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Death of New Rig Orders 'Greatly Exaggerated,' Says NOV Chief

National Oilwell Varco Inc. (NOV), one of the leading high technology manufacturers for the upstream, is seeing some "green shoots" of growth in North America's onshore, in part because drilling equipment is wearing out, and because customers are demanding the best components available, CEO Pete Miller said Friday.

"The operators want the best rigs," Miller told analysts during a quarterly conference call. "They want the most highly technical rigs…That's why I think that the rumor of the death of the order of new rigs has been greatly exaggerated. I'm very confident that things are going to continue on in a very positive fashion..."

The CEO said the story "is really about technology. Technology marches on. And as technology improves, that changes rigs."

He noted Helmerich & Payne's (H&P) announcement Thursday that it has secured nine new contracts with four explorers for newbuild rigs within the United States. Since the start of October, H&P has obtained newbuild commitments for fiscal 2014 for 22 of its proprietary FlexRigs, bringing the total to 35 (see Shale Daily, June 24, 2013).

"Well, why would that happen if in fact there are rigs still stacked up that people could pick up?," Miller asked. "I'll tell you why that could happen. It's a proxy for what's going on inside the industry."

NOV designs and sells high-tech equipment and components that are used in oil and natural gas drilling; it also provides integration services to the upstream. Its capital equipment backlog within the global rig technology segment hit a record $16.7 billion in 4Q2013, 7% higher sequentially and 37% more than in the year-ago period. New orders in the latest quarter, both for onshore and offshore operators, came in at $3.61 billion.

NOV's 4Q2013 book-to-bill ratio was 1.43, down slightly from  3Q2013's 1.457 and from 1.49 in 2Q2013 (see Shale Daily, Oct. 25, 2013).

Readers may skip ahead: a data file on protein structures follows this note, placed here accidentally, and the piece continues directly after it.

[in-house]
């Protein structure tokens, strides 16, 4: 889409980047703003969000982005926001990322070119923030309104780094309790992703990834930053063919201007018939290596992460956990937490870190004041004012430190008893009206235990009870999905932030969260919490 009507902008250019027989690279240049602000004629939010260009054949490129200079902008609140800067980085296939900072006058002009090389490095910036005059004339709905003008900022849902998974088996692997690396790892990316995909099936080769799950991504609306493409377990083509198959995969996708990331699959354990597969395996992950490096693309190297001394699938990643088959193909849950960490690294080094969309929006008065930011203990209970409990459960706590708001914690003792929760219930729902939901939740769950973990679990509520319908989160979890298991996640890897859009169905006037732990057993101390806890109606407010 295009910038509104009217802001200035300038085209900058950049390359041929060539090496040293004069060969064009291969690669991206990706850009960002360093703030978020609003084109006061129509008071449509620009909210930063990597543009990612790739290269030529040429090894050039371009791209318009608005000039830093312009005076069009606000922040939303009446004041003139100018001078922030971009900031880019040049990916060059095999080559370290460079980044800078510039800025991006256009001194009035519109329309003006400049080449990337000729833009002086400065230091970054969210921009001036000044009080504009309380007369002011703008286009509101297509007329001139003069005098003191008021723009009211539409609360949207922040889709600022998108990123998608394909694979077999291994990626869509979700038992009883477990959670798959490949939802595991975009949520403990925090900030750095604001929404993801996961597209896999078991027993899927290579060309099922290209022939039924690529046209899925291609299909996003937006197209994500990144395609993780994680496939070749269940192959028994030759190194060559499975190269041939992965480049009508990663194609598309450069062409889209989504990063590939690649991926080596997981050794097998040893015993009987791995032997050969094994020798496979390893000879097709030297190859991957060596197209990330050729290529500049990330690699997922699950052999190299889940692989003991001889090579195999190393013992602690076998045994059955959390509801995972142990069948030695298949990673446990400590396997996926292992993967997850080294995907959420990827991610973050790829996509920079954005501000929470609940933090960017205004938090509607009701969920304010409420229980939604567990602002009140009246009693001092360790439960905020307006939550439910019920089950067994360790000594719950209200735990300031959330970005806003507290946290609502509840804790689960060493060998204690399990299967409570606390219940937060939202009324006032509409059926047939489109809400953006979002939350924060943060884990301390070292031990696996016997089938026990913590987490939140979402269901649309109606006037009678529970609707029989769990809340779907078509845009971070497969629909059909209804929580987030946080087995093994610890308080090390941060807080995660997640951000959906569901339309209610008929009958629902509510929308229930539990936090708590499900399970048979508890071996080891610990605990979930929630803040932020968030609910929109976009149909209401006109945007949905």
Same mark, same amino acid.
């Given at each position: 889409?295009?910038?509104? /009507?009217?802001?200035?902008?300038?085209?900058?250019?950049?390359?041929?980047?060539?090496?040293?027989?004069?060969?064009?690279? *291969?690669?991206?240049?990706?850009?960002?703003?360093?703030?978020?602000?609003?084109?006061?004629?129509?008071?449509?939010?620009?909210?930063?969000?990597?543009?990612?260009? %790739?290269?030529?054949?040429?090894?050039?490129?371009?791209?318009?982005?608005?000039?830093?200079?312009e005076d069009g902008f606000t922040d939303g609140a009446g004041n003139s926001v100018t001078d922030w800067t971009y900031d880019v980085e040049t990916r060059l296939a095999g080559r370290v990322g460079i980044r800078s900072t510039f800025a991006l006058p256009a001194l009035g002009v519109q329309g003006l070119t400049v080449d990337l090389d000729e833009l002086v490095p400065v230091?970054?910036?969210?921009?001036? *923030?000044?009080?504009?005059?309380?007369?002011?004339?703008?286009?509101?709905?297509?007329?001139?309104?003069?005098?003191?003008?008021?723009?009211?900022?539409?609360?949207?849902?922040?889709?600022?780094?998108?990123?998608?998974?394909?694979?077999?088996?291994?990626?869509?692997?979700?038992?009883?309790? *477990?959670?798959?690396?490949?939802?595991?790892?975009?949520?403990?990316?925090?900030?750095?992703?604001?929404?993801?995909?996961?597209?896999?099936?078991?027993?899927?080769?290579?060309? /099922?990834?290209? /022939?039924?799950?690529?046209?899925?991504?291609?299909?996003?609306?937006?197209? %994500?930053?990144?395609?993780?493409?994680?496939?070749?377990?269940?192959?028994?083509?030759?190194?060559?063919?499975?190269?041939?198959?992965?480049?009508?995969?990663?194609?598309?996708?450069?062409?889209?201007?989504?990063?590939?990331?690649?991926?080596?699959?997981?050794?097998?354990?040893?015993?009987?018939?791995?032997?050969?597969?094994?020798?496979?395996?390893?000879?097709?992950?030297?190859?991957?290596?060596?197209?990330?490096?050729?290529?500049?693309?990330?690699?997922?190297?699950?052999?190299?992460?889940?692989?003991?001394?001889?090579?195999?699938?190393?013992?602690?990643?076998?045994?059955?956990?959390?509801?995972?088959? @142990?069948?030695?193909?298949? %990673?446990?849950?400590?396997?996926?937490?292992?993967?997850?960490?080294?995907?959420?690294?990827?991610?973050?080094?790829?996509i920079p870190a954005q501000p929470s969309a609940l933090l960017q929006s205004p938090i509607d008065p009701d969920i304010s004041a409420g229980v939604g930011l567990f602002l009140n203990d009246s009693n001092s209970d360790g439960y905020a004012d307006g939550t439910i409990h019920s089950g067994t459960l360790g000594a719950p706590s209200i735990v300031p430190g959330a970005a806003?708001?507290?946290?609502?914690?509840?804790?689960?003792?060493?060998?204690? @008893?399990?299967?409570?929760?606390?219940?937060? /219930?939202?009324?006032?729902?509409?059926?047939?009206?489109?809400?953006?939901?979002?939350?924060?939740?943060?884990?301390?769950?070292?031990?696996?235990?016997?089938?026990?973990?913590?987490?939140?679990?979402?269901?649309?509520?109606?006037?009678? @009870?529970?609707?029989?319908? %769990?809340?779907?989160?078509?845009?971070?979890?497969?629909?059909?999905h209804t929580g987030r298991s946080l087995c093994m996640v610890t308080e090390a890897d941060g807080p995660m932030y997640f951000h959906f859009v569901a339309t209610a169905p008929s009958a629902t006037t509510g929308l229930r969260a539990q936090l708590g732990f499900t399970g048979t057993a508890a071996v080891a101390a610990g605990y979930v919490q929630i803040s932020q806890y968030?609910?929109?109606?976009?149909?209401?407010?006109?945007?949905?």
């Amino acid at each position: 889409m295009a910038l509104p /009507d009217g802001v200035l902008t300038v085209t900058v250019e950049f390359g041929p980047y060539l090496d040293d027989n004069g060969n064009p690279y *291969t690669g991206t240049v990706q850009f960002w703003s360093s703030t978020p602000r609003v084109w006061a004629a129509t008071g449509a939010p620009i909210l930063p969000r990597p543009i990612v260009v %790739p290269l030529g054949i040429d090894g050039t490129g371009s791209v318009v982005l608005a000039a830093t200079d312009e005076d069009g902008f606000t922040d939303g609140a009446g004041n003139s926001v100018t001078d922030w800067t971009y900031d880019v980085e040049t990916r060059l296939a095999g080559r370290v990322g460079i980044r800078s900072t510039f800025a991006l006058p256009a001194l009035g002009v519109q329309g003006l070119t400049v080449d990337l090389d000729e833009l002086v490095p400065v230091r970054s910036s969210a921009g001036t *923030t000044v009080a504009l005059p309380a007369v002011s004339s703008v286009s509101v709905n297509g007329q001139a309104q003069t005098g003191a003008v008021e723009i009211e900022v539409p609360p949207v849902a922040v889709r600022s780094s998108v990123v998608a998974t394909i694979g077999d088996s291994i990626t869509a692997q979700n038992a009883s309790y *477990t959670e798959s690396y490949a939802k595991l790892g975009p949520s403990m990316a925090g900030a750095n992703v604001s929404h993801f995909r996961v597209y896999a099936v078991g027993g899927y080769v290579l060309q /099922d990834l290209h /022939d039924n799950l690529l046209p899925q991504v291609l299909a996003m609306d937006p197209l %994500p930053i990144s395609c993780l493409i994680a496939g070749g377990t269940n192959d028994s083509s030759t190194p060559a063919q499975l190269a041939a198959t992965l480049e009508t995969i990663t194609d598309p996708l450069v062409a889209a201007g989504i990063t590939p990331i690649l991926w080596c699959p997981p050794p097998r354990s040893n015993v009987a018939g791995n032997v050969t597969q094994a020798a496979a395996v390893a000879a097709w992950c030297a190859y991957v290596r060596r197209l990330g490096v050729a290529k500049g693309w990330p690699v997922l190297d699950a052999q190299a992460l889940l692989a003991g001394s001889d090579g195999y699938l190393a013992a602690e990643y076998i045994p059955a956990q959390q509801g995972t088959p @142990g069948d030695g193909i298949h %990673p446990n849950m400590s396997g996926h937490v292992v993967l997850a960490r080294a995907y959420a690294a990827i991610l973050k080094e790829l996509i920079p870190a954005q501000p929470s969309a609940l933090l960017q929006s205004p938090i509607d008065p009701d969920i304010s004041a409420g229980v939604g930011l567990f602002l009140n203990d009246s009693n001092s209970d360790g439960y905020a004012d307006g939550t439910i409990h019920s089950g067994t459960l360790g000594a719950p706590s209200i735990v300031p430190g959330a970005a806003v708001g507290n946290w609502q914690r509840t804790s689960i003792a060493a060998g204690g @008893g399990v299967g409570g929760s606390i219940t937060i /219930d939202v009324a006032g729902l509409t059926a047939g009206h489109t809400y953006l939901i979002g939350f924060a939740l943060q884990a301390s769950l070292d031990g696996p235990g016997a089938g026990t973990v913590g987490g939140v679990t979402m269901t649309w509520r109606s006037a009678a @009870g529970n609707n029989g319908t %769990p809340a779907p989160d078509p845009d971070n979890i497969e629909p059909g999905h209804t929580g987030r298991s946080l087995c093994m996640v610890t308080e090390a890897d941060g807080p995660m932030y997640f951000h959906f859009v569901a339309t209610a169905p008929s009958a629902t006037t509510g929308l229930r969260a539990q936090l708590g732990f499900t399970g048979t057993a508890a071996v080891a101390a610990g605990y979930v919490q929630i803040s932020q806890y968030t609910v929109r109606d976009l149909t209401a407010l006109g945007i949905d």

The book-to-bill ratio represents the amount of additions to the backlog, divided by the amount of revenue that was booked from backlog in that same period. The ratio doesn't explain 100% of the backlog changes from period to period, because it doesn't incorporate, among other things, turns business (orders taken and filled in the same period), cancellations and order push-outs. Book-to-bill ratios above 1.00 generally indicate that backlog grew during the measurement period.

Anecdotal information from competitors and customers point to "encouraging" signs in the onshore, NOV COO Clay Williams told analysts.

"We see some green shoots in North America, specifically in interventions, hydraulic fracturing stimulation equipment." Some "opportunistic sales" of fracturing equipment during the final part of 2013 was met through inventory, Williams said.

In addition, customers of late have been calling looking for replacement parts and pumps. So we're seeing here and there indications that perhaps some folks are starting to work through their inventories of consumables...

"There's cycling going on in the fleet, which is to be expected, in that operators are wearing out fracturing and coil tubing units and parking those and picking up the idled units," said Williams. "That's expected given the high pace of mobilization and how hard this equipment is working."

The turnover in equipment is "the engine that's going to drive future demand," said the COO. "Past cycles have taught us that you run this equipment really, really hard, and then once utilization hits a certain level, then [operators have] got to come back to us and our competitors to restock those consumables and buy new units."

However, NOV hasn't seen a "clear hunger as to whether 2014 is the year we come back with a vengeance, but we are seeing a few anecdotal signs of encouragement out there across the board in North America."

The Houston operator earned $658 million ($1.53/share) in 4Q2013, up 3% sequentially but down 2% year/year. Revenues in the final period rose 9% sequentially to $6.17 billion on operating profits of $973 million, or 15.8% of sales, which was 14% higher than in the third quarter. Quarterly results included a record $1.5 billion in cash flow from operations, 50% higher than the previous record set in 3Q2013.

For 2013, NOV earned $2.33 billion net ($5.44/share), on operating profits of $$3.41 billion. Revenues totaled $22.77 billion. Operating profits were $3.41 billion.

"As we enter 2014, we recognize that there remain headwinds facing us in the North American land market," said Miller. "However, we are excited to be entering the year with strong financial resources, a very solid backlog and an experienced group of employees at NOV that remains committed to delivering the highest quality of products and services to our customers."

Spinning off the distribution business at the end of March, which Miller will head, "will enable the distribution business and the remainder of NOV to have the enhanced operational flexibility to focus on their specific products, services and customers."

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